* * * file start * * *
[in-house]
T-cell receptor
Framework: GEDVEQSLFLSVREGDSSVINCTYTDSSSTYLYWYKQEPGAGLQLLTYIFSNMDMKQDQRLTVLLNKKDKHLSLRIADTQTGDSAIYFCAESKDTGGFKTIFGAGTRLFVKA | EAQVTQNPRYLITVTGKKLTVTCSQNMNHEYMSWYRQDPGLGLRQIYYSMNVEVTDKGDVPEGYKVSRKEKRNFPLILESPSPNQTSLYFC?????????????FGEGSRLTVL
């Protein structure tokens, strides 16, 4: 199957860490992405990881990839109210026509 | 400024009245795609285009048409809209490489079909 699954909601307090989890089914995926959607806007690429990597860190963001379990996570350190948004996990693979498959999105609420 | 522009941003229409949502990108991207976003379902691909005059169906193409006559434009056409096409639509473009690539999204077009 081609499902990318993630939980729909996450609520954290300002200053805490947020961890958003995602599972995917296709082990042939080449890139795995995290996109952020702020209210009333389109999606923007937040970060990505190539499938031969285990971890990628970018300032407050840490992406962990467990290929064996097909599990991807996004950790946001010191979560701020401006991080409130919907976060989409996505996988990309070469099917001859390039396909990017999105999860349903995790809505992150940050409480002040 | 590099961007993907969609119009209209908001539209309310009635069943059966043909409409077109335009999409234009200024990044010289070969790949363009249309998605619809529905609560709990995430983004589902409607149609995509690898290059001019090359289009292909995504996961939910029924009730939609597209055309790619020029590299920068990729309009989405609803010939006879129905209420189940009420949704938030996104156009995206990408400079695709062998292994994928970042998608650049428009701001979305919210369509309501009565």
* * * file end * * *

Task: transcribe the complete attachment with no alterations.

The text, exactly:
[in-house]
T-cell receptor
Framework: GEDVEQSLFLSVREGDSSVINCTYTDSSSTYLYWYKQEPGAGLQLLTYIFSNMDMKQDQRLTVLLNKKDKHLSLRIADTQTGDSAIYFCAESKDTGGFKTIFGAGTRLFVKA | EAQVTQNPRYLITVTGKKLTVTCSQNMNHEYMSWYRQDPGLGLRQIYYSMNVEVTDKGDVPEGYKVSRKEKRNFPLILESPSPNQTSLYFC?????????????FGEGSRLTVL
């Protein structure tokens, strides 16, 4: 199957860490992405990881990839109210026509 | 400024009245795609285009048409809209490489079909 699954909601307090989890089914995926959607806007690429990597860190963001379990996570350190948004996990693979498959999105609420 | 522009941003229409949502990108991207976003379902691909005059169906193409006559434009056409096409639509473009690539999204077009 081609499902990318993630939980729909996450609520954290300002200053805490947020961890958003995602599972995917296709082990042939080449890139795995995290996109952020702020209210009333389109999606923007937040970060990505190539499938031969285990971890990628970018300032407050840490992406962990467990290929064996097909599990991807996004950790946001010191979560701020401006991080409130919907976060989409996505996988990309070469099917001859390039396909990017999105999860349903995790809505992150940050409480002040 | 590099961007993907969609119009209209908001539209309310009635069943059966043909409409077109335009999409234009200024990044010289070969790949363009249309998605619809529905609560709990995430983004589902409607149609995509690898290059001019090359289009292909995504996961939910029924009730939609597209055309790619020029590299920068990729309009989405609803010939006879129905209420189940009420949704938030996104156009995206990408400079695709062998292994994928970042998608650049428009701001979305919210369509309501009565």